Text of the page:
The Investment Plan for Europe has already proven useful in encouraging a sustainable increase in investment across Member States. Given the concrete results achieved since the Commission unveiled the Investment Plan two years ago, President Jean-Claude Juncker presented a proposal in his State of the Union address of 14 September to reinforce the EFSI to boost investment further.
Three evaluations followed that proposal, including an independent evaluation that was foreseen when the EFSI was set up. Their findings are summarised in today's Commission Communication and will feed into the legislative debate on the Commission's proposal with the European Parliament and Member States. Member States committed at a summit of 27 in Bratislava on 15 September as well as at the October European Council to agreeing their negotiating position on the Commission's proposal at the Ecofin meeting of 6 December, taking into account the independent evaluation.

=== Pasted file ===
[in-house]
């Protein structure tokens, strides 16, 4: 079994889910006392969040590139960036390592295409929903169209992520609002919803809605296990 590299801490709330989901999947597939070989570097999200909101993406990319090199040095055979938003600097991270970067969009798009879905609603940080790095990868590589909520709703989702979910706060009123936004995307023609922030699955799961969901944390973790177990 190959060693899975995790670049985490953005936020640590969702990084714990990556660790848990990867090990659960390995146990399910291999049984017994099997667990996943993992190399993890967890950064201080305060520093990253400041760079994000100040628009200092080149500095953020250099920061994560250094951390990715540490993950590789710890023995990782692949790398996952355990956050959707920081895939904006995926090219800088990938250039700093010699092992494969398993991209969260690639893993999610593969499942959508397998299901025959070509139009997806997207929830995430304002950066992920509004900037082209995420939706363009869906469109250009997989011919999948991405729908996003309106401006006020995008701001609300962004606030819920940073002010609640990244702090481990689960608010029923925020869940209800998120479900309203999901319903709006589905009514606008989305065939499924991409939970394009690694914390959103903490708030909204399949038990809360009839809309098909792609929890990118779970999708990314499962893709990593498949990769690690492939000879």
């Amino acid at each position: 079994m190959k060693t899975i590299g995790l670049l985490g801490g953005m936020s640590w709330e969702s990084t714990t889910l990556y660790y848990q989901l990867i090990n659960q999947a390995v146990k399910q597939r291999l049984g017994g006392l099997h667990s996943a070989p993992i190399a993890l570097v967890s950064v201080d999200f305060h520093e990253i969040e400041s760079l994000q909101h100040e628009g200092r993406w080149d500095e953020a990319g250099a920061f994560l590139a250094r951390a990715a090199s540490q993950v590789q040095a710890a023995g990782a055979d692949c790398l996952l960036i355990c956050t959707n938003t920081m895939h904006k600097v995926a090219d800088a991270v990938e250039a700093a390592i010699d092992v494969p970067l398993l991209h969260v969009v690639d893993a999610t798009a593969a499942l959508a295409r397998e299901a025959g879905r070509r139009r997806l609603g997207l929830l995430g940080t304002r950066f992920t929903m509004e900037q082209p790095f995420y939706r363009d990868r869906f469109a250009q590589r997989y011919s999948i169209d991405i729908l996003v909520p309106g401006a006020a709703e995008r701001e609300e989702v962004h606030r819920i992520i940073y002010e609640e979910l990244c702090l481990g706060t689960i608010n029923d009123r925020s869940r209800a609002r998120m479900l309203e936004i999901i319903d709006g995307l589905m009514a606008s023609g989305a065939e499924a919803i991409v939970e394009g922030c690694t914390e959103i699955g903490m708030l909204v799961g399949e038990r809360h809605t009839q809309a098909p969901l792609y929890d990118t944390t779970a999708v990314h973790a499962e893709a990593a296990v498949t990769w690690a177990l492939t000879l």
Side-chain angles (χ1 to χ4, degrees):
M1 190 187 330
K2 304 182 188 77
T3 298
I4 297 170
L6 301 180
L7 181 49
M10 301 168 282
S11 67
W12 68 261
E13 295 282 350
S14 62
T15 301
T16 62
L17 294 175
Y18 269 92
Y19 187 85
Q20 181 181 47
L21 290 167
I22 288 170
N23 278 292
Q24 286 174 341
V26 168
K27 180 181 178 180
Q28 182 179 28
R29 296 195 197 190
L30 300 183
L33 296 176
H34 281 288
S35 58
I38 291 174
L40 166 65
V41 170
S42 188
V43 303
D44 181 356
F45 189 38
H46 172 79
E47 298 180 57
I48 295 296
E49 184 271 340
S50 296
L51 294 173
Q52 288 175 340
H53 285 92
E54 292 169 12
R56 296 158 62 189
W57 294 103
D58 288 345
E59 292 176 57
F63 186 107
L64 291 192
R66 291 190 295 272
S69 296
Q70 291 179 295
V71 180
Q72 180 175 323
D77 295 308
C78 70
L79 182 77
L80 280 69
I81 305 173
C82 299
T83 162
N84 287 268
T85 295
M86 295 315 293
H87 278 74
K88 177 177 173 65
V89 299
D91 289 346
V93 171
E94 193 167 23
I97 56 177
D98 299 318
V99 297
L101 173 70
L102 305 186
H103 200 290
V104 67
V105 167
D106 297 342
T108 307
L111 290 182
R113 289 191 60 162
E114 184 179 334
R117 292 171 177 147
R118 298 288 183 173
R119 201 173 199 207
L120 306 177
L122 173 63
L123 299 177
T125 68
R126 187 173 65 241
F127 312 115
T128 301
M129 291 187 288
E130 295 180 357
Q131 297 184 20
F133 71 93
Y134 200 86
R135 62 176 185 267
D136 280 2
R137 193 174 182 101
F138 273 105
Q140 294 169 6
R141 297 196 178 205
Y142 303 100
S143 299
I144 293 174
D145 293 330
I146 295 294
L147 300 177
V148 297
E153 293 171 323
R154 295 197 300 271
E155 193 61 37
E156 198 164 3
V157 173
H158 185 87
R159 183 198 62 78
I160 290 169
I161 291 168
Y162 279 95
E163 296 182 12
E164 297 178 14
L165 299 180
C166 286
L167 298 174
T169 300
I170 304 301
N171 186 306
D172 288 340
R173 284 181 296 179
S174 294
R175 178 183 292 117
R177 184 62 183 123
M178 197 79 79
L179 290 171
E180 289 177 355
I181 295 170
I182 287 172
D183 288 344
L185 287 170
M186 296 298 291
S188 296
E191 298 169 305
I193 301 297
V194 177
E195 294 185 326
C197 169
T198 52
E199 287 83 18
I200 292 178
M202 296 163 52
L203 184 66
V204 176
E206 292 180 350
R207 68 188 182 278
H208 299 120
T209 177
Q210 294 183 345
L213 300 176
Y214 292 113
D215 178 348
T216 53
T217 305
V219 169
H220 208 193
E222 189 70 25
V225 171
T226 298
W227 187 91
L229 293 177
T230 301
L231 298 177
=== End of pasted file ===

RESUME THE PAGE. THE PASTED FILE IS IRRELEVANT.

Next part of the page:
The Commission published its report on 14 September. The European Investment Bank – the Commission's strategic partner in the Investment Plan – presented its evaluation on 5 October. Finally, global accounting firm EY published an external, independent evaluation on 14 November. All three reports find that the EFSI has already increased access to financing as well as mobilised private capital, and identified areas in which the Investment Plan could be enhanced.